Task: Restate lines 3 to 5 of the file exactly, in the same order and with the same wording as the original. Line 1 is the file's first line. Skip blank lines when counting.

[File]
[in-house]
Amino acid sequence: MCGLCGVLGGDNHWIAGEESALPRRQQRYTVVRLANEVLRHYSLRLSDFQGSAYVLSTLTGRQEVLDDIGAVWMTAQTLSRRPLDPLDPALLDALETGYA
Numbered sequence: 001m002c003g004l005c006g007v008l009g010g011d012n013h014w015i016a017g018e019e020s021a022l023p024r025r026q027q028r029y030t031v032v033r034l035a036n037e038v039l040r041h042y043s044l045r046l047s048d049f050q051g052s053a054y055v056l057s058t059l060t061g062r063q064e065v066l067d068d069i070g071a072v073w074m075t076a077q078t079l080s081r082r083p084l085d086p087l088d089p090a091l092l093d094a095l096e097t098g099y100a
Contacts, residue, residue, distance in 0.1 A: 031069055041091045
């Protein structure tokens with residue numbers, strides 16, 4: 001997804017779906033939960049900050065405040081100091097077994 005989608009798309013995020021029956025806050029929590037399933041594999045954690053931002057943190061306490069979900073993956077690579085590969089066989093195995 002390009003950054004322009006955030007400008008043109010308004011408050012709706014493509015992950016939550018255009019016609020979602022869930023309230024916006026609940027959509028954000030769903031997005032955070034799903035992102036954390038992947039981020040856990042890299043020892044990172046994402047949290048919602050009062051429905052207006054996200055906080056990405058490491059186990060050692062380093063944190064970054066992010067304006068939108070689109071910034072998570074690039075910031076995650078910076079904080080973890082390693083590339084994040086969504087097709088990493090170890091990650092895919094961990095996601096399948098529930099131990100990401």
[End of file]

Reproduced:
Numbered sequence: 001m002c003g004l005c006g007v008l009g010g011d012n013h014w015i016a017g018e019e020s021a022l023p024r025r026q027q028r029y030t031v032v033r034l035a036n037e038v039l040r041h042y043s044l045r046l047s048d049f050q051g052s053a054y055v056l057s058t059l060t061g062r063q064e065v066l067d068d069i070g071a072v073w074m075t076a077q078t079l080s081r082r083p084l085d086p087l088d089p090a091l092l093d094a095l096e097t098g099y100a
Contacts, residue, residue, distance in 0.1 A: 031069055041091045
């Protein structure tokens with residue numbers, strides 16, 4: 001997804017779906033939960049900050065405040081100091097077994 005989608009798309013995020021029956025806050029929590037399933041594999045954690053931002057943190061306490069979900073993956077690579085590969089066989093195995 002390009003950054004322009006955030007400008008043109010308004011408050012709706014493509015992950016939550018255009019016609020979602022869930023309230024916006026609940027959509028954000030769903031997005032955070034799903035992102036954390038992947039981020040856990042890299043020892044990172046994402047949290048919602050009062051429905052207006054996200055906080056990405058490491059186990060050692062380093063944190064970054066992010067304006068939108070689109071910034072998570074690039075910031076995650078910076079904080080973890082390693083590339084994040086969504087097709088990493090170890091990650092895919094961990095996601096399948098529930099131990100990401």